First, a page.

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Comedy Movies - Childstar

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Childstar
Jennifer Jason Leigh, Mark Rendall, Kristin Adams,
Don McKellar, Alan Thicke
Written and Directed by Don McKellar
Sony Home Video 2005
98 minutes

After the success of the very weird apocalyptic Last Night, Canadian writer and director Don McKellar tackles the phenomenon of child stars in this comedy he says he started thinking about after a meeting with Haley Joel Osment. Childstar features a stellar cast of actors who have made comedies before, especially Dave Foley of Kids In The Hall Fame, Alan Thicke of Growing Pains, and the great Jennifer Jason Leigh.

Childstar is a take on the problems with fame child actors experience. It is also about how every single adult in the child's environment is out to suck every last dime they can out of the child. Don McKellar does a great job as Rick, the driver for young movie star Taylor Brandon Burns (Mark Rendall) and he does write quite a few funny scenes, especially this oft quoted moment where twelve year old Taylor takes "paid for groupie" Natalie to the White House movie set for an intimate encounter:

Taylor: "So where do you want to do it? The Oval Office, The Green Room, The Lincoln bedroom?"
Natalie: "It's your fantasy. I'm Canadian."

And this weird little moment where Rick gives the kid some career advice:

Rick the driver: "You should make more adult decisions."
Taylor: "You mean like porn?"

Unfortunately, McKellar is even more self-indulgent camera work wise than Barbara Streisand and manages to insert in this 98-minute comedy every single possible weird camera angle and cut away he ever tried in his student filmmaking days. The camera work detracts from what is otherwise an interesting story centered on a young sitcom star coming to Toronto to film a movie and having a bit of a growth-spurt induced breakdown. What absolutely kills the viewer's enjoyment of this movie is the atrocious quality of the sound recording. McKellar cuts from busy set or bar scene to a more intimate scene and the sound in the first is too high and in the second too low. Even when Taylor and Natalie are on a deserted set at two or three in the morning you can barely hear the dialogue from all the ambient noise (of a deserted set????)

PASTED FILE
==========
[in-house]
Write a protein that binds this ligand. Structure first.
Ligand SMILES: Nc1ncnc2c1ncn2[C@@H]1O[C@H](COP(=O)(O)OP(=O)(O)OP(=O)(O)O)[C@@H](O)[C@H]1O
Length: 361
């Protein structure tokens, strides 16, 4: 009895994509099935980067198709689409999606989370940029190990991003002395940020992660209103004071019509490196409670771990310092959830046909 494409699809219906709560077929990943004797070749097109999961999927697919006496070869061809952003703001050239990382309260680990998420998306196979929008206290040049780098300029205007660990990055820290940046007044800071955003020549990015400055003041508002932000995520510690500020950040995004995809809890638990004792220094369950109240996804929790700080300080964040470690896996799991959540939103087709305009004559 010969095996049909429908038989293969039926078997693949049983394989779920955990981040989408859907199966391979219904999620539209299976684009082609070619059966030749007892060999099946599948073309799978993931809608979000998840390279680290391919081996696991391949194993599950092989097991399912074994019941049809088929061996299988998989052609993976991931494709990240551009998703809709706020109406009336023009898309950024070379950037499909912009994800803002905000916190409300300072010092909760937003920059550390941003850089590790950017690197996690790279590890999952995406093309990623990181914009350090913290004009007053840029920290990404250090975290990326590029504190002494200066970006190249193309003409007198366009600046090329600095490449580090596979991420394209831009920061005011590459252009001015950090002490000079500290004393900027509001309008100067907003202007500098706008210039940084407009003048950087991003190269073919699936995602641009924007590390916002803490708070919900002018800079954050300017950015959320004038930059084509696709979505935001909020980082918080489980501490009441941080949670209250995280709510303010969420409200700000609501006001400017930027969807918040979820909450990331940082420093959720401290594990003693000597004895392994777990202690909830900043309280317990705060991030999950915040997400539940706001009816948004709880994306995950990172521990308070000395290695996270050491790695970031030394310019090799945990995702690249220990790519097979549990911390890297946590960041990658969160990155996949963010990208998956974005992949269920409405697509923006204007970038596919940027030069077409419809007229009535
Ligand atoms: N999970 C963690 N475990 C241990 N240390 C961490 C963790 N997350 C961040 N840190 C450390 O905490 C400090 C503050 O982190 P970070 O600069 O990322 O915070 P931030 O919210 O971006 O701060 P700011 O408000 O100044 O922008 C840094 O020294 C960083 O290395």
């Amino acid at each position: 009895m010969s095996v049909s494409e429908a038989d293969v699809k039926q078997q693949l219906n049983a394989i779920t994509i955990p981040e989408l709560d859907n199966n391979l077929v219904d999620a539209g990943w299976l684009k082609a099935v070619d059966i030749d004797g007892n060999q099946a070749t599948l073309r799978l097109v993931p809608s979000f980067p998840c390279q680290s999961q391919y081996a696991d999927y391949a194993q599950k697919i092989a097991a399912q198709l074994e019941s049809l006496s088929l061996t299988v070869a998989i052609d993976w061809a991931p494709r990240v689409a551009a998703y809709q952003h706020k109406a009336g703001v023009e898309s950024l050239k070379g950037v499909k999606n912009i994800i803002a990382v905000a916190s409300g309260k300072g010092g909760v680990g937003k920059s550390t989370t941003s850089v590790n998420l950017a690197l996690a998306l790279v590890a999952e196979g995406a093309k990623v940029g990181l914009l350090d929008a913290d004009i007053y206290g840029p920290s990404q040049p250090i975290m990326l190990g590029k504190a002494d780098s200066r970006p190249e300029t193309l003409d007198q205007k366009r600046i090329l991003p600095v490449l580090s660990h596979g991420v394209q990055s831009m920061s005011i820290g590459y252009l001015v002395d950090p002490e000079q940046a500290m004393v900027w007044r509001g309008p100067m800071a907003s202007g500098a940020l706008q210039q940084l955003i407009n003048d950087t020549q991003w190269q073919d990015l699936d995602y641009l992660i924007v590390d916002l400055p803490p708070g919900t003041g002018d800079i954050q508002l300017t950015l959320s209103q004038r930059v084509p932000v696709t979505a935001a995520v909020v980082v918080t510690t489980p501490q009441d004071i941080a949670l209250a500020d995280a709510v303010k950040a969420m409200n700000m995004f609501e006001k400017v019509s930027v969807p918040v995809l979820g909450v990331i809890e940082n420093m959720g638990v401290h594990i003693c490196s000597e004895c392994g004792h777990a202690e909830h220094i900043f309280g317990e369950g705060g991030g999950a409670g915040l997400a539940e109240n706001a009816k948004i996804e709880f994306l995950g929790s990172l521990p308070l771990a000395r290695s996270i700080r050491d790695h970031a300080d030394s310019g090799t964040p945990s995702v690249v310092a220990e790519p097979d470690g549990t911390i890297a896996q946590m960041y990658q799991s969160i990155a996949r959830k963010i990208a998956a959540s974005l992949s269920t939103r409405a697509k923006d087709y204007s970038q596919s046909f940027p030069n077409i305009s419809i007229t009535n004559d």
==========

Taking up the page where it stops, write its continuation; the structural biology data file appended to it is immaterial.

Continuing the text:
Childstar could have been a very good little comedy. There are many really good lines, if you can hear them, quite a few subtle but funny moments such as when the SWAT team invades Taylor's dad's house looking for the kid in a very Elian Gonzalez complete with TV news crew in tow, a very biting comment from Alan Thicke (who plays the sitcom dad) about the price of fame for teenagers, and a dozen or so very dark and caustic jabs at the industry. The very secondary story of a former child star on skid row simply does not interest as it is not developed enough.

Perhaps the best way to enjoy Childstar would be to turn the sound down and use the subtitles but that is not an option on this release.

Childstar includes the usual extras of Making Of, Trailer, and Audio Commentary. Nothing you can't do without.



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